Feature

Personal Guidance in Faith Is the Basis of the Soka Gakkai

Core principles for improving the district discussion meeting.

Photo: Marc Giannavola.


adin-emoji“Go out among the people and touch their hearts”—this was the focus of Soka Gakkai President Ikeda’s address at the first headquarters leaders meeting following his return from the United States in October 1960.

He sought to convey to the members that one-to-one encouragement was the power source for enabling members to stand up with self-reliant faith:

“Giving guidance to individuals or families is an extremely time-consuming, inconspicuous activity, but it serves to nurture the ‘roots’ of people’s faith. Only when a tree’s roots spread and sink down deep into the ground can it grow toward the heavens and bring forth branches and green leaves.

“In much the same way, the source of all development in the realm of kosen-rufu lies in sharing the members’ sufferings, answering their questions to relieve them of any doubts and making it possible for them to exert themselves in faith joyously, filled with confidence and hope” (The New Human Revolution, vol. 2, p. 153).

President Ikeda has described giving personal guidance as an all-out, life-to-life interaction fueled by our compassion for others and our conviction in the Mystic Law.

Through our efforts to share wisdom and advice, based on the teachings of Buddhism, we give people the strength to challenge their karma and defeat any obstacles they face.

Following are key points from President Ikeda’s encouragement and Nichiren Daishonin’s writings on the art and spirit of giving encouragement that I hope you will bear deeply in mind as you reach out to and inspire one precious Bodhisattva of the Earth after another.

See you on the front lines!

With deepest appreciation,
Adin Strauss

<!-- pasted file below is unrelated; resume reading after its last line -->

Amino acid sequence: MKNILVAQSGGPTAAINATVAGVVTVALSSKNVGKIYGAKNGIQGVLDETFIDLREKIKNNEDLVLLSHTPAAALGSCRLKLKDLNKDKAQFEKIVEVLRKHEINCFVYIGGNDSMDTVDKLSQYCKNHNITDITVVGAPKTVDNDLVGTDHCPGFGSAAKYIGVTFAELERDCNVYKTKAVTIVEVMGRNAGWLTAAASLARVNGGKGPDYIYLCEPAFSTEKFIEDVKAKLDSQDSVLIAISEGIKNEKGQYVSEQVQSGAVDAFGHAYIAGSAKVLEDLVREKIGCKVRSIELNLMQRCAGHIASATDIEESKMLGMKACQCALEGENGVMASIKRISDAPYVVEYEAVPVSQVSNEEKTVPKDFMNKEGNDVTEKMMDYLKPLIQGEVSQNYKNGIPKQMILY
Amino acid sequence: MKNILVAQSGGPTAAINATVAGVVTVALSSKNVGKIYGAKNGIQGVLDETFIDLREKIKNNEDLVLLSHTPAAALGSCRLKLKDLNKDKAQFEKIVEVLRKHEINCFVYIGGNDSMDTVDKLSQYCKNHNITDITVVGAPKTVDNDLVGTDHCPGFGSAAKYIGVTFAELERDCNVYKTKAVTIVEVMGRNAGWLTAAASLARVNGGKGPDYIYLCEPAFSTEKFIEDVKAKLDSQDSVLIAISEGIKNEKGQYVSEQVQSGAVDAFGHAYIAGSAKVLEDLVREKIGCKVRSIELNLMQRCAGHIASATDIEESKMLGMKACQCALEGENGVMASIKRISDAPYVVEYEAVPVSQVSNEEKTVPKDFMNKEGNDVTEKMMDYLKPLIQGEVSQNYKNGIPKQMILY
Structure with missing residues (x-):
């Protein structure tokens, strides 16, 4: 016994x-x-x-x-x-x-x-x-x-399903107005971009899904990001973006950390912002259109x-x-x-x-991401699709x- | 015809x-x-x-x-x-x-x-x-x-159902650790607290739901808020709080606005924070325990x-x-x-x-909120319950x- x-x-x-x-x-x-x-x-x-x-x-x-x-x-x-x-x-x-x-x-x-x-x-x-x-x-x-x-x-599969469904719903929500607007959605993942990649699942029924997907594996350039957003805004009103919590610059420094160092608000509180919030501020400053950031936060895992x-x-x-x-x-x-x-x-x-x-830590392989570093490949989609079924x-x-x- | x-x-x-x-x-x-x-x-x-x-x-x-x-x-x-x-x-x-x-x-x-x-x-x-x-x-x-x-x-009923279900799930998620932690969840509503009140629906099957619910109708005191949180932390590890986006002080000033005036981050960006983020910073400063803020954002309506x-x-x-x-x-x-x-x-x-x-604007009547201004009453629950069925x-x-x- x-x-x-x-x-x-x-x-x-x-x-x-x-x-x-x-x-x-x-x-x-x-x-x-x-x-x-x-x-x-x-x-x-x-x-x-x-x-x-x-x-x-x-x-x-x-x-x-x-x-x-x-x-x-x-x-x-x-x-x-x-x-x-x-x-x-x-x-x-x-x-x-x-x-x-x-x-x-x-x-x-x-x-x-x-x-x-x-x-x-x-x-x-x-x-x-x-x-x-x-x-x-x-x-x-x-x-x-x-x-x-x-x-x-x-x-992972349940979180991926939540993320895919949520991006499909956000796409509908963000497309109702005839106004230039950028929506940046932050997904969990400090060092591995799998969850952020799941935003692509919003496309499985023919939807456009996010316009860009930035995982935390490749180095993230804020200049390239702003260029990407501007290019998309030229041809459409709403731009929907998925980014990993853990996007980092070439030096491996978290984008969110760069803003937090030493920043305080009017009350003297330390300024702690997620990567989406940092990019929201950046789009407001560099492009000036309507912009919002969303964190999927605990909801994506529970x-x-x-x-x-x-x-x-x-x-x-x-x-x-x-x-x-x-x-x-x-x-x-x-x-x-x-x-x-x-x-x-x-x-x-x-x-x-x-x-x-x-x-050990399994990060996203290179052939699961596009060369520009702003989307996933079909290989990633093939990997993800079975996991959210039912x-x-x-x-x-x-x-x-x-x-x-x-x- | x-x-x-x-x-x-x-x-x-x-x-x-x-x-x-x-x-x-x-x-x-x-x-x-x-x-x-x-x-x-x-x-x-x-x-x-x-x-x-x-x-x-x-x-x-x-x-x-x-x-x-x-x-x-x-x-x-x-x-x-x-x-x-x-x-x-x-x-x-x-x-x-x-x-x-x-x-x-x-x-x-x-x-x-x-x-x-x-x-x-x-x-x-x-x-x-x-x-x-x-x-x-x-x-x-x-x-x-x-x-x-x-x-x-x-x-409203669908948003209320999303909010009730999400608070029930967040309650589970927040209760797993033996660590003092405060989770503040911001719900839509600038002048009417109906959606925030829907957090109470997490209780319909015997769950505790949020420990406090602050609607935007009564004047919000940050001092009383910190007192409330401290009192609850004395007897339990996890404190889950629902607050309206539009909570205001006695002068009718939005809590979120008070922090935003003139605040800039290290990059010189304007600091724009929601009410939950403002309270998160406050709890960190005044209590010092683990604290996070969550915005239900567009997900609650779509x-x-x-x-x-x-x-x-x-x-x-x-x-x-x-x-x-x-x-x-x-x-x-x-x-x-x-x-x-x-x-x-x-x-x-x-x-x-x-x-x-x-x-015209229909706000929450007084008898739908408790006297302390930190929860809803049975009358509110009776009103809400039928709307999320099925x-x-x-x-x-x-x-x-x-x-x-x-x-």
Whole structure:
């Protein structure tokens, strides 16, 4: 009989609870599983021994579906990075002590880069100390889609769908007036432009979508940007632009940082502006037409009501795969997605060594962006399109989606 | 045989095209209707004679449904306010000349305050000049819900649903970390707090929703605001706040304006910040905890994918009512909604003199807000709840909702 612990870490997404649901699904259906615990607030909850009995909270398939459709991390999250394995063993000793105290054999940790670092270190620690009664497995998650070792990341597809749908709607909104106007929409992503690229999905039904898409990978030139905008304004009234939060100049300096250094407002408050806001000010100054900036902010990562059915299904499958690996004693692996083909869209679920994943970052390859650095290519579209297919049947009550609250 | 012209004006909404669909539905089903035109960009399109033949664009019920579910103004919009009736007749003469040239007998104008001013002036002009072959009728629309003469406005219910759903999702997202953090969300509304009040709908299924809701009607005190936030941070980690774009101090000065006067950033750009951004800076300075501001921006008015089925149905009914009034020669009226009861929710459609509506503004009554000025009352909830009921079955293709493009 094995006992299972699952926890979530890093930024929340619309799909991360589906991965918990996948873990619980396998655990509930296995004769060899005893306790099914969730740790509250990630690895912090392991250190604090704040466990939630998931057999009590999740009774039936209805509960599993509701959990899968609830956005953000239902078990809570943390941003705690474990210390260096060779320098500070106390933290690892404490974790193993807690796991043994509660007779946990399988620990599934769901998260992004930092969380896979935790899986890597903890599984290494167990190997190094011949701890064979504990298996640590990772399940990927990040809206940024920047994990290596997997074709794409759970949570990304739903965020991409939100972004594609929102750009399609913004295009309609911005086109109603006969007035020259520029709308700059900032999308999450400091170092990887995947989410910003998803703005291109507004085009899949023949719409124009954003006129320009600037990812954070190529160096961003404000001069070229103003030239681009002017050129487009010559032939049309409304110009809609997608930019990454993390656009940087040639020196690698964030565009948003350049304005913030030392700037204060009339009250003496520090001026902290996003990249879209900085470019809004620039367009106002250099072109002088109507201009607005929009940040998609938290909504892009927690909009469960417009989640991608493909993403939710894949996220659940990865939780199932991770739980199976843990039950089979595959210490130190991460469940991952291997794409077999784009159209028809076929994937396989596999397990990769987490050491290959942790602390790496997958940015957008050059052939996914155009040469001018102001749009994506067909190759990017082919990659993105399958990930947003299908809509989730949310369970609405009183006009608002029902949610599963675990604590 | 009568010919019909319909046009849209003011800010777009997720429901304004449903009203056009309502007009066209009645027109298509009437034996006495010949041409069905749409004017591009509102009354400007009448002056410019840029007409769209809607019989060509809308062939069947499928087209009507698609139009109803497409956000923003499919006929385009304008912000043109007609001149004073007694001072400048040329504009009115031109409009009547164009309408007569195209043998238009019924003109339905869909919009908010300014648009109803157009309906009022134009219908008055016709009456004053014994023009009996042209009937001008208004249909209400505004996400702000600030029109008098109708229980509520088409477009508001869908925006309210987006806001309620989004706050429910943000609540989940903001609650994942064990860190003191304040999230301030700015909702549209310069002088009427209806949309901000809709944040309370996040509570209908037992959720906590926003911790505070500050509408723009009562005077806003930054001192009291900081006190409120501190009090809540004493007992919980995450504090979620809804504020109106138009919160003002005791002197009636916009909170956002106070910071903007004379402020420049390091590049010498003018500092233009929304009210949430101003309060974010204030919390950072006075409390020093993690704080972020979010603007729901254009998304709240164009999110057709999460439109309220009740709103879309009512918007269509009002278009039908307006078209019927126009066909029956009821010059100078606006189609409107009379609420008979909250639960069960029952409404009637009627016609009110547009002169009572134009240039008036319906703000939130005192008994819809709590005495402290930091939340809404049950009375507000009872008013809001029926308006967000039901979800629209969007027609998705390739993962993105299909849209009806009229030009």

SGI-USA General Director


7 Keys to Giving Effective
Personal Guidance

 

1. Listen carefully, and pay attention to detail.

Nichiren Daishonin always based his guidance on a keen understanding of the specific circumstances of whomever he was addressing. For instance, he writes, “I have carefully examined the points you raised in your letter, and I understand” (“Letter to Misawa,” The Writings of Nichiren Daishonin, vol. 1, p. 894).

In volume 1 of The New Human Revolution, Shin’ichi Yamamoto (the character in the novel representing SGI President Ikeda) has an exchange with a Brazilian farmer, who seeks guidance about his crops failing that season.

Shin’ichi asks the farmer a series of questions about his fertilizer, farming style and the soil. He then gives the farmer specific, practical guidance rooted in faith, explaining for instance that the farmer must first thoroughly investigate the cause for his crop failure.

“Buddhism is a teaching of unsurpassed reason. Therefore, the strength of your faith must manifest itself in the form of studying, exercising your ingenuity and making twice as much effort as anyone else. Earnest daimoku is the wellspring for the energy to challenge these things” (see pp. 243–44).

2. Give encouragement based on the writings of SGI President Ikeda and Nichiren Daishonin.

President Ikeda shares: “[Second Soka Gakkai President Josei Toda] always cited Nichiren’s writings when he gave encouragement, careful to explain: ‘This is what the Daishonin teaches. These aren’t my words’ ” (Learning From Nichiren’s Writings: The Teachings for Victory, vol. 1, p. 175).

In this way, you will direct members to the key, vital source of Buddhist wisdom—The Writings of Nichiren Daishonin—and the key source of philosophy for human revolution and victory—President Ikeda’s guidance and his philosophy of Soka humanism.